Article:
Staff Nurse Faces Jail Time for HIPAA ViolationsAn LPN at an office wrote down information contained in a patients record. This patient was known to the LPN in that he was suing her husband from an auto accident. She released the information to her husband whose intent was to use this against the patient. The patient reported the breach to clinic and then the district attorney. The LPN was fired from the practice. The district attorney forwarded the patient's complaint to a federal prosecutor, and within a month, both the LPN and her husband were indicted. LPN was charged with violating HIPAA and with conspiracy to wrongfully disclose individual health information for personal gain with maliciously harmful intent in a personal dispute.
She faces up to 10 years in prison, a fine of as much as $250,000, and up to three years of supervised probation. The state nursing board is seeking to revoke her license.
Arkansas Case: October, 2008, a local television personality was brutally beaten by a
home intruder. A physicians curiosity got the best of him and he logged on to the hospitals EMR from home. An account rep accessed the patients chart 12 times and an ER unit clerk accessed it 4 times.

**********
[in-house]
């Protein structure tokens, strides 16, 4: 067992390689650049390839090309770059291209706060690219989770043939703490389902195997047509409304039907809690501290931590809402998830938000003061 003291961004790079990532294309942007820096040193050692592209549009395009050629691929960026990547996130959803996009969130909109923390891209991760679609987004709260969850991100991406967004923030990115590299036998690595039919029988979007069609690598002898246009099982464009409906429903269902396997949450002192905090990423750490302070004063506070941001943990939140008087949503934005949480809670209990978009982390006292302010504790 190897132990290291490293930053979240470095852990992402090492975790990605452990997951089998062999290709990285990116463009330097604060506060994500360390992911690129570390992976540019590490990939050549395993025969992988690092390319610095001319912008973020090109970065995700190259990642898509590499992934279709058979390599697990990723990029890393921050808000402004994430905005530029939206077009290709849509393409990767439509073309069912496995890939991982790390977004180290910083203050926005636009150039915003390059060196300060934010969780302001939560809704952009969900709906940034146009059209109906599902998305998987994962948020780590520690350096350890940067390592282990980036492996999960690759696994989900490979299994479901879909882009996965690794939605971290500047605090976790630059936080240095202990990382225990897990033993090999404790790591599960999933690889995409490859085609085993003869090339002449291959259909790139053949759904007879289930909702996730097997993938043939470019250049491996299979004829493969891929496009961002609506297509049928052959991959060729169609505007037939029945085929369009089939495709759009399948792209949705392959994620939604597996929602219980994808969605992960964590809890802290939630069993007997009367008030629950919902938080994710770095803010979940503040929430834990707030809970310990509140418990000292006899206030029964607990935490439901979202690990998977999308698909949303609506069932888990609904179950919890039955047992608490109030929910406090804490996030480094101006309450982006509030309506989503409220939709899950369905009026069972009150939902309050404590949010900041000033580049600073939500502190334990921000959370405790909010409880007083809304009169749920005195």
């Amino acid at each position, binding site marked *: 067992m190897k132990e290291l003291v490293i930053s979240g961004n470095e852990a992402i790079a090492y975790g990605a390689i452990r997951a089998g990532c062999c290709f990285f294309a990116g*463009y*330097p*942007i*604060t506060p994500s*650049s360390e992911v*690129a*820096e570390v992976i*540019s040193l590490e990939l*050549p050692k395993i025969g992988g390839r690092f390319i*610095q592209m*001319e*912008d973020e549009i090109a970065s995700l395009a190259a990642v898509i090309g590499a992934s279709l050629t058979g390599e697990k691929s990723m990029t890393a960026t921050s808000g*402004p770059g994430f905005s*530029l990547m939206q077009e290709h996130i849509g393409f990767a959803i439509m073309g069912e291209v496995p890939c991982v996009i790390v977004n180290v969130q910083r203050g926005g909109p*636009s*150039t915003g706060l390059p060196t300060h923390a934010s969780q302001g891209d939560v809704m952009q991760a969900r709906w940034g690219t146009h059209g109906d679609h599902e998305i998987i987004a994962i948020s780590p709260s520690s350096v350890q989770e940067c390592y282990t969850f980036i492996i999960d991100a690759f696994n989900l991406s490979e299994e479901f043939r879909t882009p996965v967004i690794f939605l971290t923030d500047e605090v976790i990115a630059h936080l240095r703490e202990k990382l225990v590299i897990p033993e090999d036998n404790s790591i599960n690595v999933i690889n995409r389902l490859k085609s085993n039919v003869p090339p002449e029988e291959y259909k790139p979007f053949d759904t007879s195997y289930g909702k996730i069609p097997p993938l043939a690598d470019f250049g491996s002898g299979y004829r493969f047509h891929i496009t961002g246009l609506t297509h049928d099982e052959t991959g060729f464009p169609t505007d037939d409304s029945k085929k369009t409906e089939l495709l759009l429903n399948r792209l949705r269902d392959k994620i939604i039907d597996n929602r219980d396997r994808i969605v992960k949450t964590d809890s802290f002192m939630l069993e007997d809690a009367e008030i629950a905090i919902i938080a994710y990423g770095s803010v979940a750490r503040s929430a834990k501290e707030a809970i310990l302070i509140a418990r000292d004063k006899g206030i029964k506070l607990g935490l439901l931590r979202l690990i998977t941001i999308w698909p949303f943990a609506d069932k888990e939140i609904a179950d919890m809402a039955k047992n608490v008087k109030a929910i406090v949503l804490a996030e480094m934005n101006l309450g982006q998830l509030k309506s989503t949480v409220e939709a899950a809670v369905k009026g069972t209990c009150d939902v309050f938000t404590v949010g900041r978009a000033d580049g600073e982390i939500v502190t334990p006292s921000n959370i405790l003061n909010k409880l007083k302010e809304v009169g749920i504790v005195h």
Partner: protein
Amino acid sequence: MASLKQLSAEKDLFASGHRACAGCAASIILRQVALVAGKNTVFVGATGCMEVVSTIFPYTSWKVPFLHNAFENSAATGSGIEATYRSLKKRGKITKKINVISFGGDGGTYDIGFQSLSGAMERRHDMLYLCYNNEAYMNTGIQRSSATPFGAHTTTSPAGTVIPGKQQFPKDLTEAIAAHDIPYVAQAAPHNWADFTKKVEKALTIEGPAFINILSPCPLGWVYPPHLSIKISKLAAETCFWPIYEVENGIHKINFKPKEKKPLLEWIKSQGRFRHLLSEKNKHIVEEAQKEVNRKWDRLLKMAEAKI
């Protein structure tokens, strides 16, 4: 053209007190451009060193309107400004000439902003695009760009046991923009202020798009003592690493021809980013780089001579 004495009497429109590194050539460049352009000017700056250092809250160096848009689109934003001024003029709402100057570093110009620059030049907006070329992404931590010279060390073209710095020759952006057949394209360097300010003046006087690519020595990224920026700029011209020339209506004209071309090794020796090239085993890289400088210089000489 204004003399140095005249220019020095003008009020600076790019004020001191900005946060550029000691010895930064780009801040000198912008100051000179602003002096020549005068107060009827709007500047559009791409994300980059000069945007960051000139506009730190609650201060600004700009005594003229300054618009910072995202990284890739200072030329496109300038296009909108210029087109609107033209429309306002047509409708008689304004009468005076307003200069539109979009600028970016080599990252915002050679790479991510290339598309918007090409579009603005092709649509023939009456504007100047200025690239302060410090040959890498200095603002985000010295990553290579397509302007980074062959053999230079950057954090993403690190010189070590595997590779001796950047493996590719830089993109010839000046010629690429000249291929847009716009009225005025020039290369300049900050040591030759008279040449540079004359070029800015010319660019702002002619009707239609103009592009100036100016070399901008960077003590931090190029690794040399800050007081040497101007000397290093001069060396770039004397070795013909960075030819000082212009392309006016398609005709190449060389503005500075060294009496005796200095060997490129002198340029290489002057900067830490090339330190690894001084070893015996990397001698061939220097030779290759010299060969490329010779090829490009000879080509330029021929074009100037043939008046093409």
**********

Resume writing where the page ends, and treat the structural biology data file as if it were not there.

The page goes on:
The doctor received a 2 week suspension from the hospital. In court, the doctor was fined $5,000 and ordered to perform 50 hours of community service by speaking to medical workers about the importance of patient privacy.
The emergency room unit clerk was fired. In court, she was fined $1,500. The account rep was fired and in court received a $2,500 fine.
And many more. Just Google HIPAA Violations.
The Health Information Technology for Economic and Clinical Health (HITECH) Act, enacted as part of the American Recovery and Reinvestment Act of 2009, was signed into law on February 17, 2009, to promote the adoption and meaningful use of health information technology.
In a NutshellHITECH Act:
Enforcement of the HIPAA regulations with civil penalties $$ $$Business Associate requirement to comply with HIPAA regulationsBreach Notification RequirementsRequirement to provide an electronic copy of PHI if you have an electronic recordPatients right to request a restriction of disclosure to a health planMarketing & Fundraising restrictions
Enforcement of HIPAA Regulations
The act provides a tiered system for assessing the level of each violation and its associated penalty:
Tier A - Violations which the offender didnt realize he/she violated the act and would have handled the matter differently. Fine is $100 for each violation not to exceed $25,000 in a calendar year.
Tier B - Violation due to reasonable cause but not willful neglect. Fine is $1,000 for each violation not to exceed $100,000 in a calendar year.
Tier C - Violation due to willful neglect that the organization ultimately corrected. Fine is $10,000 for each violation not to exceed $250,000 in a calendar year.
Tier D - Violations of willful neglect that the organization did not correct. Fine is $50,000 for each violation not to exceed $1,500,000 in a calendar year.
Tier A - The employee was not educated on privacy/security measures and would not have known any different.
Tier B - I